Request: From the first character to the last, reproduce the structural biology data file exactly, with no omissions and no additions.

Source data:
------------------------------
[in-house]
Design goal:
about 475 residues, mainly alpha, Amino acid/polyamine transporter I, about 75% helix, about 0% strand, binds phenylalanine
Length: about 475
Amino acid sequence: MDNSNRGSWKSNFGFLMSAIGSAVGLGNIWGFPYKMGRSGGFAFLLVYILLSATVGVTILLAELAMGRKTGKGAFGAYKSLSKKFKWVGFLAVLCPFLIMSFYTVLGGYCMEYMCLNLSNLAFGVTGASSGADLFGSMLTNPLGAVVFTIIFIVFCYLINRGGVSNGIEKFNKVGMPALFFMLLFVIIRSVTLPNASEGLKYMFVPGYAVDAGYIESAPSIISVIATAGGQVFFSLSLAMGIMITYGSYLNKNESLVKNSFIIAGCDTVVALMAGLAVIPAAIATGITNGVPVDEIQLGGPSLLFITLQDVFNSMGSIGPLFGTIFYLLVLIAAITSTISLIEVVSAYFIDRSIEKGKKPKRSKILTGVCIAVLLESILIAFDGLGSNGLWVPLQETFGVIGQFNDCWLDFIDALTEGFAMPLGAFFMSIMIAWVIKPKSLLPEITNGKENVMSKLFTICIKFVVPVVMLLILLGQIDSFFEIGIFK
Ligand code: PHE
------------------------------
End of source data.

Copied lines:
[in-house]
Design goal:
about 475 residues, mainly alpha, Amino acid/polyamine transporter I, about 75% helix, about 0% strand, binds phenylalanine
Length: about 475
Amino acid sequence: MDNSNRGSWKSNFGFLMSAIGSAVGLGNIWGFPYKMGRSGGFAFLLVYILLSATVGVTILLAELAMGRKTGKGAFGAYKSLSKKFKWVGFLAVLCPFLIMSFYTVLGGYCMEYMCLNLSNLAFGVTGASSGADLFGSMLTNPLGAVVFTIIFIVFCYLINRGGVSNGIEKFNKVGMPALFFMLLFVIIRSVTLPNASEGLKYMFVPGYAVDAGYIESAPSIISVIATAGGQVFFSLSLAMGIMITYGSYLNKNESLVKNSFIIAGCDTVVALMAGLAVIPAAIATGITNGVPVDEIQLGGPSLLFITLQDVFNSMGSIGPLFGTIFYLLVLIAAITSTISLIEVVSAYFIDRSIEKGKKPKRSKILTGVCIAVLLESILIAFDGLGSNGLWVPLQETFGVIGQFNDCWLDFIDALTEGFAMPLGAFFMSIMIAWVIKPKSLLPEITNGKENVMSKLFTICIKFVVPVVMLLILLGQIDSFFEIGIFK
Ligand code: PHE